Consumer Brand Preference: A Case Study

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2.3.2 Sales Promotion and its Relationship with Consumer Brand Preference It has been acknowledged that consumer and trade promotions can be a very effective tool for generating short-term increases in sales, and many brand managers would rather use a promotion to produce immediate sales than invest in advertising to build the brand’s image over time (Belch & Belch, 2003). They, however, caution that overuse of sales promotion can be detrimental to a brand in several ways. The first is that a brand that is constantly promoted may lose perceived value. This is in line with Teunter (2002) and Jha-Dang’s (2004) assertion that the presence of a promotion will lead consumers to attribute lower quality to the brand owing to the fact that it is on…show more content…
They explain that according to this theory, people acquire attitudes by observing their own behaviour and considering why they acted in a certain manner. They further contend that consumers who consistently purchase a brand because of a coupon or price-off deal may attribute their behaviour to the external promotional incentive rather than to a favourable attitude toward the brand. By contrast, when no external incentive is available, consumers are more likely to attribute their purchase behaviour to favourable underlying feelings about the brand. Sawyer and Dickson (2015) further contend that another potential problem with consumer-oriented promotions is that a sales promotion trap or spiral can result when several competitors use promotions extensively. Often a firm begins using sales promotions to differentiate its product or service from the competition. If the promotion is successful and leads to a differential advantage (or even appears to do so), competitors may quickly copy it. When all the competitors are using sales promotions, this not only lowers profit margins for each firm but also makes it difficult for any one firm to hop off the promotional bandwagon. Percy (2008) on the other hand contend that there are costs associated with promotion, and when a promotion is too successful, the unexpected increased costs can have a…show more content…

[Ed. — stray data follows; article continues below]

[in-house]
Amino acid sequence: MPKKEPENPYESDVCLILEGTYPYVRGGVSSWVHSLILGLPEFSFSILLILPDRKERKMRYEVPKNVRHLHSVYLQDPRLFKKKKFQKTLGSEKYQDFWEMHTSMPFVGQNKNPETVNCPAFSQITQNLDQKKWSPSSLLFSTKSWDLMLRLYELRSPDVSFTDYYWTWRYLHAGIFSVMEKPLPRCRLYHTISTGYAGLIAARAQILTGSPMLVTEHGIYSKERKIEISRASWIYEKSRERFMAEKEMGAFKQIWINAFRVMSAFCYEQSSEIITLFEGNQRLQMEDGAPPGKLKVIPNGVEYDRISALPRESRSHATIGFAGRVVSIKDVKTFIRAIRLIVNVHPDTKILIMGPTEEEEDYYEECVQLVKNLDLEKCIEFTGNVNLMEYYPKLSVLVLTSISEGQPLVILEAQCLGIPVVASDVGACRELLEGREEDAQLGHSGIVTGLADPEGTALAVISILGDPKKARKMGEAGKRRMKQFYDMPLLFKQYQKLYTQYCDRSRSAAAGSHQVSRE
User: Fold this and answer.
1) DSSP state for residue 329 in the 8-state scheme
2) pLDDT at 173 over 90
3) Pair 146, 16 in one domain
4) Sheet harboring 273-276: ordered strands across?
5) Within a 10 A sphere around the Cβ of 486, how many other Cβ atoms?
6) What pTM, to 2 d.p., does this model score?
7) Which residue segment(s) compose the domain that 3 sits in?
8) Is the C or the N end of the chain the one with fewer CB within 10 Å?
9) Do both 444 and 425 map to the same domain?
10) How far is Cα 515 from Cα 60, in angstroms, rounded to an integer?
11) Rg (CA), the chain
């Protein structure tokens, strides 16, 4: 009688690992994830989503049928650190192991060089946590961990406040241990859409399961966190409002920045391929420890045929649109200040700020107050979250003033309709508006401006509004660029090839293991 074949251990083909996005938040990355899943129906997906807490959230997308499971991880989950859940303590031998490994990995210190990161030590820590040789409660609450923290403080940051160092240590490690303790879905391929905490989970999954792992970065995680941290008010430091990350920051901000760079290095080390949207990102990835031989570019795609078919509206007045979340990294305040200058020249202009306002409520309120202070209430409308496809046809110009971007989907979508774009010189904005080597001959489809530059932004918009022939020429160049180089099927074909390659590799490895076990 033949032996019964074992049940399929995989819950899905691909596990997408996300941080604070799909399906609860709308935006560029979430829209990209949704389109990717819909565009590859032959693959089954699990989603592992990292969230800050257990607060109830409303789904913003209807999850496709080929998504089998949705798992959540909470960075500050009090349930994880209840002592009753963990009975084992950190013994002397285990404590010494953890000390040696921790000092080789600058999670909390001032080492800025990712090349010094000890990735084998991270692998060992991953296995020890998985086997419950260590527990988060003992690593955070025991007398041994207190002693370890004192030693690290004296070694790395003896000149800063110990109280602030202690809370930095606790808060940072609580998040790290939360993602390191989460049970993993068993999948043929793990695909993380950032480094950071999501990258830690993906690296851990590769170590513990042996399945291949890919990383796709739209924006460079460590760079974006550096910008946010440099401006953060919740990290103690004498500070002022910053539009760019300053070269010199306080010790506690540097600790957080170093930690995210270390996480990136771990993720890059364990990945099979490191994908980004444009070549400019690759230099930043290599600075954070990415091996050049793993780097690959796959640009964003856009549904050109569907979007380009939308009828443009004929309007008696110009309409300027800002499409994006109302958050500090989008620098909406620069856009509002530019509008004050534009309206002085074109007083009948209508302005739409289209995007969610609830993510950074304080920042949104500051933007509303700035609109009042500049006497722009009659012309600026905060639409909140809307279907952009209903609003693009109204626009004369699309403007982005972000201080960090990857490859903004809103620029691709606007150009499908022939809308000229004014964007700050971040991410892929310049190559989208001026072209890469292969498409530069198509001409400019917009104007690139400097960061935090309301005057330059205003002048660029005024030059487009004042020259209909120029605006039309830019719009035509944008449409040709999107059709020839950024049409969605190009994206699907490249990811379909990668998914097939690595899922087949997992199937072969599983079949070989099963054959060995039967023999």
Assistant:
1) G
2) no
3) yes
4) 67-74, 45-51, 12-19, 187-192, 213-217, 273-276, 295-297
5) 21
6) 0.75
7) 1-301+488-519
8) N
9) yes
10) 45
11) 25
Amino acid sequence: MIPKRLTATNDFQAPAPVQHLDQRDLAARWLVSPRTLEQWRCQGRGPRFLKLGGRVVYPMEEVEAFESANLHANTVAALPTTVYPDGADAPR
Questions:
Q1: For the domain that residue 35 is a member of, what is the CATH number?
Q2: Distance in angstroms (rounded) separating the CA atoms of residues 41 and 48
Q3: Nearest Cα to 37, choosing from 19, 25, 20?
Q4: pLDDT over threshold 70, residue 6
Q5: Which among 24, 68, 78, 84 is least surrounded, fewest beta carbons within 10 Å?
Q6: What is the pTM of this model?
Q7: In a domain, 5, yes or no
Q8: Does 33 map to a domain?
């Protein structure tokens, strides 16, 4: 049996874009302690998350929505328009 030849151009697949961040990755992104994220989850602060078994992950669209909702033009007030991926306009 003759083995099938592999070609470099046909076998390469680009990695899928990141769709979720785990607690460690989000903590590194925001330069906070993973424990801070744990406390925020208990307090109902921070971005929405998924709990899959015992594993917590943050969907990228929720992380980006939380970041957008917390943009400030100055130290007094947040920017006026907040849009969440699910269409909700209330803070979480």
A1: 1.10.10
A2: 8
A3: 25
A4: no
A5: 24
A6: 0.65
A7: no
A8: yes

They explain that in terms of explanatory power, which refers to how well does a theory explains, or makes sense of, phenomena, attribution theories have the advantage of making good intuitive sense. However, in terms of scope and generality, which refer to the breadth of phenomena and contexts in which a theory applies, they posit that Attribution theory which only applies to a particular time, place, or behavior is narrow in scope and not very generalizable. Malle (2011) concurs and notes that traditional formulations of attribution theory either focused too narrowly on inferences of stable traits or oversimplified the complex nature of behaviour explanations. Manusov & Spitzberg (2008) further point out that even though there is lack of support or partial support reported in prior studies, it is rare to find any scholar claiming that attribution theory is fundamentally flawed and that some of its premises need to be replaced. Teunter (2002) and Jha-Dang (2004), however, argue that although early researchers had suggested that the mere presence of a promotion would lead to perceptions of lower quality, results of later studies have shown that a promotion’s information value is context specific. Jha-Dang further pointed out that in today’s purchase environment where most brands promote, it is unlikely that

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